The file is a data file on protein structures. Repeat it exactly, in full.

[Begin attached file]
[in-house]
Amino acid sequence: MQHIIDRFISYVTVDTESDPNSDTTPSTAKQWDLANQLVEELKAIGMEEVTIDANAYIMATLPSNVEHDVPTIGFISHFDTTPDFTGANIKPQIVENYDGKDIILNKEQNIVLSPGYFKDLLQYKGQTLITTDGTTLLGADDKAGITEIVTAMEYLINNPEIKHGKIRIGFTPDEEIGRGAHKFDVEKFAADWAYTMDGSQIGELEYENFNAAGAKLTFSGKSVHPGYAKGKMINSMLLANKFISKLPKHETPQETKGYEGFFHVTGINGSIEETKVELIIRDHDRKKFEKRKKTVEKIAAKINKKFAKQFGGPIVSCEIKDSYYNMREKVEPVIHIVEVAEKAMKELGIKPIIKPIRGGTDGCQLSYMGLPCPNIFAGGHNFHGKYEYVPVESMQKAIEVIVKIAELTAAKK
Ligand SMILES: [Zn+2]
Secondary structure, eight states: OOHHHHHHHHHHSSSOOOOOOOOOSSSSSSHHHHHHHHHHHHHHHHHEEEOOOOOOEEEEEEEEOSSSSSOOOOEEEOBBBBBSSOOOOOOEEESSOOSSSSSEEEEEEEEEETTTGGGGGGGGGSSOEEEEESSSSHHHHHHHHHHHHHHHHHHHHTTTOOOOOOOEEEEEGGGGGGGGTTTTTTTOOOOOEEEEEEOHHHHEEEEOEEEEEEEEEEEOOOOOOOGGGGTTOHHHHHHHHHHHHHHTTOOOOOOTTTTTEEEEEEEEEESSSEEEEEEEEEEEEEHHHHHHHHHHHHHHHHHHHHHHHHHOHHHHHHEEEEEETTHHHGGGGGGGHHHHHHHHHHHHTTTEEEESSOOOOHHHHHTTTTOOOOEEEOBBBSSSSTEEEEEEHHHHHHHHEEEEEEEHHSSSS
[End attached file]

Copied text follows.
[in-house]
Amino acid sequence: MQHIIDRFISYVTVDTESDPNSDTTPSTAKQWDLANQLVEELKAIGMEEVTIDANAYIMATLPSNVEHDVPTIGFISHFDTTPDFTGANIKPQIVENYDGKDIILNKEQNIVLSPGYFKDLLQYKGQTLITTDGTTLLGADDKAGITEIVTAMEYLINNPEIKHGKIRIGFTPDEEIGRGAHKFDVEKFAADWAYTMDGSQIGELEYENFNAAGAKLTFSGKSVHPGYAKGKMINSMLLANKFISKLPKHETPQETKGYEGFFHVTGINGSIEETKVELIIRDHDRKKFEKRKKTVEKIAAKINKKFAKQFGGPIVSCEIKDSYYNMREKVEPVIHIVEVAEKAMKELGIKPIIKPIRGGTDGCQLSYMGLPCPNIFAGGHNFHGKYEYVPVESMQKAIEVIVKIAELTAAKK
Ligand SMILES: [Zn+2]
Secondary structure, eight states: OOHHHHHHHHHHSSSOOOOOOOOOSSSSSSHHHHHHHHHHHHHHHHHEEEOOOOOOEEEEEEEEOSSSSSOOOOEEEOBBBBBSSOOOOOOEEESSOOSSSSSEEEEEEEEEETTTGGGGGGGGGSSOEEEEESSSSHHHHHHHHHHHHHHHHHHHHTTTOOOOOOOEEEEEGGGGGGGGTTTTTTTOOOOOEEEEEEOHHHHEEEEOEEEEEEEEEEEOOOOOOOGGGGTTOHHHHHHHHHHHHHHTTOOOOOOTTTTTEEEEEEEEEESSSEEEEEEEEEEEEEHHHHHHHHHHHHHHHHHHHHHHHHHOHHHHHHEEEEEETTHHHGGGGGGGHHHHHHHHHHHHTTTEEEESSOOOOHHHHHTTTTOOOOEEEOBBBSSSSTEEEEEEHHHHHHHHEEEEEEEHHSSSS